eHealthMe - FDA and Social Media, Personalized eHealthMe - a cloud computing service for drugs

FDA and Social Media, Personalized


Advanced tools       Explore eHealthMe

Home > Colon cancer > Dvt > Colon cancer and Dvt

Review: could Colon cancer cause Dvt (Deep venous thrombosis)?

We study 13,554 people who have Colon cancer from FDA and social media. Among them, 195 have Dvt (Deep venous thrombosis). Find out below who they are, other conditions they have and drugs they take.

Get connected: join a mobile support group for people who have Colon cancer and Dvt >>>

Colon cancer

Colon cancer (latest reports from 42,284 patients) can be treated by Xeloda, Avastin.

Dvt

Dvt (blood clot in a major vein that usually develops in the legs and/or pelvis) (latest reports from 285,553 patients) has been reported by people with birth control, pain, multiple myeloma, premenstrual syndrome, high blood pressure.

On Aug, 20, 2014: 13,554 people who have colon cancer are studied. Among them, 195 (1.44%) have Dvt. They amount to 0.07% of all the 284,335 people who have Dvt on eHealthMe.

Trend of Dvt in colon cancer reports

Gender of people who have colon cancer and experienced Dvt * :

FemaleMale
Dvt44.66%55.34%

Age of people who have colon cancer and experienced Dvt * :

0-12-910-1920-2930-3940-4950-5960+
Dvt0.00%0.00%0.00%0.67%1.00%11.00%22.00%65.67%

Severity of the symptom * :

n/a

Top co-existing conditions for these people * :

  1. Prophylaxis (34 people, 17.44%)
  2. Colorectal cancer metastatic (28 people, 14.36%)
  3. Depression (19 people, 9.74%)
  4. Hypertension (14 people, 7.18%)
  5. Rash (12 people, 6.15%)
  6. Gastrooesophageal reflux disease (7 people, 3.59%)
  7. Pain (6 people, 3.08%)
  8. Neoplasm malignant (5 people, 2.56%)
  9. Nausea (5 people, 2.56%)
  10. Diabetes mellitus (5 people, 2.56%)

Most common drugs used by these people * :

  1. Fluorouracil (195 people, 100.00%)
  2. Leucovorin calcium (135 people, 69.23%)
  3. Oxaliplatin (134 people, 68.72%)
  4. Avastin (110 people, 56.41%)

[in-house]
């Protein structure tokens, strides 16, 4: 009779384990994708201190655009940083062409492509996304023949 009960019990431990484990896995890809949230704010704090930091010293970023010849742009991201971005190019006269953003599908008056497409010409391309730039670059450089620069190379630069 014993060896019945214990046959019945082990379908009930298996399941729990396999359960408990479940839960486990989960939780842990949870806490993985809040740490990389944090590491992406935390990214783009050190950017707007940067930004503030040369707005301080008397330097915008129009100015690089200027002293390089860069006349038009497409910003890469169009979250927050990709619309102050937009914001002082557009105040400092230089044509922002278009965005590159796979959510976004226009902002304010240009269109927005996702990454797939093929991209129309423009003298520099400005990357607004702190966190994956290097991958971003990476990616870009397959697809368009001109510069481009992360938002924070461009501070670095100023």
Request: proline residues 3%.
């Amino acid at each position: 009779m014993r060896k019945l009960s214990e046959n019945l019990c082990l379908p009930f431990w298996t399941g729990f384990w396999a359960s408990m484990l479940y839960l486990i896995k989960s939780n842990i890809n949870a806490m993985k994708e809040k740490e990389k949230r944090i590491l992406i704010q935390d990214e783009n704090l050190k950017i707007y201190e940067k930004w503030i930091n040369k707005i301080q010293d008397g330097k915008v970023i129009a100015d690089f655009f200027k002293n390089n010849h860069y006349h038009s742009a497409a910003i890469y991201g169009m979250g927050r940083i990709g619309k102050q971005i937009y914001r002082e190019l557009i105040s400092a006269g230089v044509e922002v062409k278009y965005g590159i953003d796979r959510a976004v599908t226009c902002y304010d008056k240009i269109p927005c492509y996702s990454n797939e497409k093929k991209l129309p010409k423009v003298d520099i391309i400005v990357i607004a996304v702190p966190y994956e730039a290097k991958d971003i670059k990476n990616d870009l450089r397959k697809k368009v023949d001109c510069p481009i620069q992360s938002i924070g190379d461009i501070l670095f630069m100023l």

5. Camptosar (51 people, 26.15%)
  6. Capecitabine (51 people, 26.15%)
  7. Zofran (42 people, 21.54%)
  8. Prilosec (38 people, 19.49%)
  9. Kytril (36 people, 18.46%)
  10. Lasix (33 people, 16.92%)

* Approximation only. Some reports may have incomplete information.

How to use the study: print a copy of the study and bring it to your health teams to ensure drug risks and benefits are fully discussed and understood.

Do you have Colon Cancer and Dvt?

Comments from related studies:

  • From this study (2 years ago):

  • ann marie on Aug, 23, 2012:

    I am an avanced stage colon cancer patient currently on à chemo break however I am on avastin along with celebrex
    I have been having some nose bleeds and last night expérienced light vaginal bleeding that has stopped. Is this normal drug reaction and how series is this, is this an we situation?

    Reply

    Ailsa on Nov, 1, 2012:

    Nose bleeds are quite common with avastin, as its purpose is to inhibit development of vasculature in the tumour, and bleeding in other sites is one of the more frequent side effects. It tends to cause increased blood pressure too. I haven't come across vaginal bleeding, although I guess it's quite possible. But I think I'd mention the vaginal bleeding to your oncologist just to be on the safe side.

    Reply

Can you answer these questions (what is this?):

More questions for: Colon cancer, Dvt

You may be interested at these reviews (what is this?):

  • Rigors with pulmonary embolism
    I was recently diagnosed with DVT in my right lower leg and pulmonary embolism and hospitalized. .I am now on Warfarin.A week earlier, I experienced severe chills ( rigors) and pain in my right lung.I ignored it as a " virus".As it turns out, I was actually having a pulmonary embolism .If anyone h ...

More reviews for: Colon cancer, Dvt

Common treatments for Colon Cancer and their efficacy:

Could your drug cause it?

Studies of common Colon cancer symptoms:

Dvt related symptom studies:

WARNING: Please DO NOT STOP MEDICATIONS without first consulting a physician since doing so could be hazardous to your health.

DISCLAIMER: All material available on eHealthMe.com is for informational purposes only, and is not a substitute for medical advice, diagnosis, or treatment provided by a qualified healthcare provider. All information is observation-only, and has not been supported by scientific studies or clinical trials unless otherwise stated. Different individuals may respond to medication in different ways. Every effort has been made to ensure that all information is accurate, up-to-date, and complete, but no guarantee is made to that effect. The use of the eHealthMe site and its content is at your own risk.

You may report adverse side effects to the FDA at http://www.fda.gov/medwatch/ or 1-800-FDA-1088 (1-800-332-1088).

If you use this eHealthMe study on publication, please acknowledge it with a citation: study title, URL, accessed date.

   

About - Terms of service - Privacy policy - Press - Advertise - Apps - Testimonials - Contact us

 
© 2014 eHealthMe.com. All rights reserved. Use of this site constitutes acceptance of eHealthMe.com's terms of service and privacy policy.